Tags: , , ,

University ‘teaching’ then and now: Part 2

Posted in Teaching on January 3rd, 2019 by steve

Ireland“When I went to university in the US I was struck by how ‘managed’ student learning was. Each module had homeworks, quizzes, mid-terms and finals. It was common for lecturers to follow a single textbook and to assign readings for that textbook. It was a radically different approach to what I was used to in UCD …” (more)

[An Irish Blog about Education, 3 January]

Tags:

US visa bill for Irish graduates scuppered by single US senator

Posted in Governance and administration on January 3rd, 2019 by steve

Ireland“New efforts will have to be made to secure thousands of potential new US working visas for Irish people after the deadline passed for it to be approved in the US Senate …” (more)

[TheJournal.ie, 3 January]

Tags: , ,

US visa bill for Irish graduates set to be casualty of ‘mayhem and crisis’ in Washington

Posted in Governance and administration on December 22nd, 2018 by steve

Ireland“Hopes for thousands of new US working visas for Irish people look to have been scuppered by a last-minute objection by a single US Senator. The bill sought to allow Irish citizens avail of surplus E-3 visas that are specifically for Australians …” (more)

[TheJournal.ie, 21 December]

Tags: ,

Posts of Professors Holding Babies in Class Often Go Viral. Is That the Reality of Students With Kids?

Posted in Life on December 20th, 2018 by steve

“The story is always the same. A professor tells a student with a young child that she (it’s always a woman) can bring her baby to class. The professor invariably holds the child, someone shares the image on social media, and the post goes viral …” (more)

[Cailin Crowe, Chronicle of Higher Education, 19 December]

Tags: , ,

Where Are All the Female Architects?

Posted in Governance and administration on December 16th, 2018 by steve

“To get a sense of the state of opportunity for women in architecture, consider that the firm getting the most high-profile architectural commissions in the world right now has just one female principal and this web address: big.dk. Yes, BIG (for Bjarke Ingels Group) is based in Denmark (hence the ‘dk’), but the firm’s use of this cheeky address just about sums up the situation facing many women in the architectural profession today …” (more)

[Allison Arieff, New York Times, 15 December]

Tags: , ,

‘Changing demographics of scientific careers: The rise of the temporary workforce’

Posted in Research on December 11th, 2018 by steve

Abstract: Contemporary science has been characterized by an exponential growth in publications and a rise of team science. At the same time, there has been an increase in the number of awarded PhD degrees, which has not been accompanied by a similar expansion in the number of academic positions. In such a competitive environment, an important measure of academic success is the ability to maintain a long active career in science. In this paper, we study workforce trends in three scientific disciplines over half a century. We find dramatic shortening of careers of scientists across all three disciplines. The time over which half of the cohort has left the field has shortened from 35y in the 1960s to only 5y in the 2010s. In addition, we find a rapid rise (from 25 to 60% since the 1960s) of a group of scientists who spend their entire career only as supporting authors without having led a publication. Altogether, the fraction of entering researchers who achieve full careers has diminished, while the class of temporary scientists has escalated. We provide an interpretation of our empirical results in terms of a survival model from which we infer potential factors of success in scientific career survivability. Cohort attrition can be successfully modeled by a relatively simple hazard probability function. Although we find statistically significant trends between survivability and an author’s early productivity, neither productivity nor the citation impact of early work or the level of initial collaboration can serve as a reliable predictor of ultimate survivability.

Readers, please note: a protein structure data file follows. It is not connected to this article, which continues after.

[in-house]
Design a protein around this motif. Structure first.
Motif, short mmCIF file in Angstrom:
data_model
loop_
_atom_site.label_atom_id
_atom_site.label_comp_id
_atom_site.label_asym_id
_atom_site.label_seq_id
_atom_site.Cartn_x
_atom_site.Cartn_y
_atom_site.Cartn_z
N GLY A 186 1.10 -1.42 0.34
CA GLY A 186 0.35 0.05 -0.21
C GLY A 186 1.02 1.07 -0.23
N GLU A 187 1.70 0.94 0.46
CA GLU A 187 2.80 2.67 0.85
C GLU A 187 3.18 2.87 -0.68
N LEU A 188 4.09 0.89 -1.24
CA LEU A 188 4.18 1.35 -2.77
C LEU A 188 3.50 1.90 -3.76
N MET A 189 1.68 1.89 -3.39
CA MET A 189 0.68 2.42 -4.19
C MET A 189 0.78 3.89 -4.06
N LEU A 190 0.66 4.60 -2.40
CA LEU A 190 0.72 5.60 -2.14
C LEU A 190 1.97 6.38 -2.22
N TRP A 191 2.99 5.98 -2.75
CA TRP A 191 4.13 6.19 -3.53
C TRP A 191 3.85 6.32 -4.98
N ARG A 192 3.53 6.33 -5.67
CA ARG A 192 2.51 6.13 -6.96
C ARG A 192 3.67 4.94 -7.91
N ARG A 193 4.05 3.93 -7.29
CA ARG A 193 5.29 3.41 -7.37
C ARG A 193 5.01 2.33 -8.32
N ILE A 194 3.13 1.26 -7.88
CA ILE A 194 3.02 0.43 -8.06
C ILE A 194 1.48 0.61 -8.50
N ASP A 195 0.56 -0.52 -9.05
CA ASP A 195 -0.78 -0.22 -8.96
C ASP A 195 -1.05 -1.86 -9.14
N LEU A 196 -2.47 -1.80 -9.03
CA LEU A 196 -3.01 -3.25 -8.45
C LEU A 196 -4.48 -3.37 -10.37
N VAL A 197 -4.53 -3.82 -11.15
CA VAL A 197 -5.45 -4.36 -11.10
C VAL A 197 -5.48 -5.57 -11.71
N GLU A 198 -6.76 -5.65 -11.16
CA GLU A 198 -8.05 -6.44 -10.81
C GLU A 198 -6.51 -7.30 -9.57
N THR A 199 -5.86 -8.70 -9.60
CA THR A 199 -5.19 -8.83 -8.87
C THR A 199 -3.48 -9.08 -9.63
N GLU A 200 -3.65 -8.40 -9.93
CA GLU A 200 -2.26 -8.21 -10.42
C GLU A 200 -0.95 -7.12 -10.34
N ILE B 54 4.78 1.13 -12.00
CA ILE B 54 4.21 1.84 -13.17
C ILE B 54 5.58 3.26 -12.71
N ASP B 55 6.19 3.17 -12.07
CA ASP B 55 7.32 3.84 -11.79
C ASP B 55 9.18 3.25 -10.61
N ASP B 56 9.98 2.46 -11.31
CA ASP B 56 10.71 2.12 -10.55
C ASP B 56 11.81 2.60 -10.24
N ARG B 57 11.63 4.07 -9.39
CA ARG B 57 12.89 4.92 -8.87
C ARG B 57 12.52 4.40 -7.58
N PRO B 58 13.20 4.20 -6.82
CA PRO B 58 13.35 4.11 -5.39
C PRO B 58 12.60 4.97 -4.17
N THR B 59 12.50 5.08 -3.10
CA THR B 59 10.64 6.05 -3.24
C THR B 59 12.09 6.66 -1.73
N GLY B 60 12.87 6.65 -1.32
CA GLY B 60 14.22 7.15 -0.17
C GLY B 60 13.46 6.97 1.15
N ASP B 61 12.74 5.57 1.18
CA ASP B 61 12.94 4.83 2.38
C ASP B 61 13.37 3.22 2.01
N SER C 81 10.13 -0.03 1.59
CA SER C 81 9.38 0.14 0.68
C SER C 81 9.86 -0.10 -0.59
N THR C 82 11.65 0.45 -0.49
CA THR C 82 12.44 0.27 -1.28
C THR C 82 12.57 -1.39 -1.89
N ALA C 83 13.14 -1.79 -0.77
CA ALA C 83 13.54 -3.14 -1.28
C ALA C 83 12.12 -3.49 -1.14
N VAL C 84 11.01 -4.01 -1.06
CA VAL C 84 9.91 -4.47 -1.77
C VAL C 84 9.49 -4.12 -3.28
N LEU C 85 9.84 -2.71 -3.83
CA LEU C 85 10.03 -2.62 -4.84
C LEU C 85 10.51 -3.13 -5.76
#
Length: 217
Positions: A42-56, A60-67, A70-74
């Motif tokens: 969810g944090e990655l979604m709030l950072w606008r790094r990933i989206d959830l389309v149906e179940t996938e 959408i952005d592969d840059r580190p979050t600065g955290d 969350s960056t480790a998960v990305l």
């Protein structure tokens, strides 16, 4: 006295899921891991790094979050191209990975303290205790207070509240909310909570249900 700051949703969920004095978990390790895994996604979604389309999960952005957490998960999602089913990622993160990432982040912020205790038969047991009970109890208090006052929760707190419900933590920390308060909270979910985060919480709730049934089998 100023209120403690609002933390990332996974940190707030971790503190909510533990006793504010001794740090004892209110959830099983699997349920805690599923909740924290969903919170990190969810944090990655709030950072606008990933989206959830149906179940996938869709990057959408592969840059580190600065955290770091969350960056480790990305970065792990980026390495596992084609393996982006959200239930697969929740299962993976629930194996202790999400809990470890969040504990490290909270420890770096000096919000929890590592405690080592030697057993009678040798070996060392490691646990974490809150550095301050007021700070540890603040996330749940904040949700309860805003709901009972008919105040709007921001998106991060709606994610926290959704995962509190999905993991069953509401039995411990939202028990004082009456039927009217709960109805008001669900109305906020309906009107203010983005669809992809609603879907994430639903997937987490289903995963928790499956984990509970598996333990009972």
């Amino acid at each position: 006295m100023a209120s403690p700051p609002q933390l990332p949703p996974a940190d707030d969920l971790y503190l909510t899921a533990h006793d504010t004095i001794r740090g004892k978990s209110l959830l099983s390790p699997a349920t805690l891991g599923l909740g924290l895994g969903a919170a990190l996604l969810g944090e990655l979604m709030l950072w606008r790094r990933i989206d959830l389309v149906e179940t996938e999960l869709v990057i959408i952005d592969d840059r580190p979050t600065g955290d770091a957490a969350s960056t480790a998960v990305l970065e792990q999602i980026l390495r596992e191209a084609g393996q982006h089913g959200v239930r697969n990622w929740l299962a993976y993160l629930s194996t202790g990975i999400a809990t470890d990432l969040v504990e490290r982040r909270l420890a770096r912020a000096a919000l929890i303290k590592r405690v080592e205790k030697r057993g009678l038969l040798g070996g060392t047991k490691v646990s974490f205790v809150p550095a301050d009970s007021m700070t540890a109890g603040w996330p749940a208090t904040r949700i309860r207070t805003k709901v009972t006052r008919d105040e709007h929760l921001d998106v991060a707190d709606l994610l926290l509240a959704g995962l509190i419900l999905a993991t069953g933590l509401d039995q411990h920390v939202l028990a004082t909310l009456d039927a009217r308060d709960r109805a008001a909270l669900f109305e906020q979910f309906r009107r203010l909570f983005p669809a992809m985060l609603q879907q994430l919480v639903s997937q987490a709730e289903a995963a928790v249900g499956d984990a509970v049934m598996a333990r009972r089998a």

Changing demographics of scientific careers: The rise of the temporary workforce, Staša Milojević, Filippo Radicchi, and John P Walsh. Proceedings of the National Academy of Sciences of the USA published ahead of print December 10, 2018, https://doi.org/10.1073/pnas.1800478115.

Tags: , , ,

How a College Degree ‘Supercharges’ a Divide Among White Voters

Posted in Governance and administration on November 6th, 2018 by steve

“In the run-up to the 2016 presidential election, pundits and academics marveled at how the college degree had become a key political dividing line: Would Donald Trump become the first Republican presidential nominee in 60 years to lose among white college graduates? It appears that he did …” (more)

[Steven Johnson, Chronicle of Higher Education, 5 November]

Tags:

‘Graduate students’ experiences of plagiarism by their professors’

Posted in Legal issues, Research on October 29th, 2018 by steve

Abstract: This study expands the inquiry about an egregious form of academic misconduct. Participants consist of graduate students who reported a violation of academic integrity because a professor plagiarised their academic work. Based on data collected through interviews and documents, interpretative phenomenological analysis is used to examine participants’ experiences. A key research finding of relevance to Higher Education policy is: individuals in positions of authority failed to resolve the reports. This study calls for more education about authorship. Equally important, universities need clear reporting procedures and protections for students when they report academic violations.

Kimberly D Becker, Graduate students’ experiences of plagiarism by their professors, Higher Education Quarterly. First published: 29 October 2018. https://doi.org/10.1111/hequ.12179.

Tags: , ,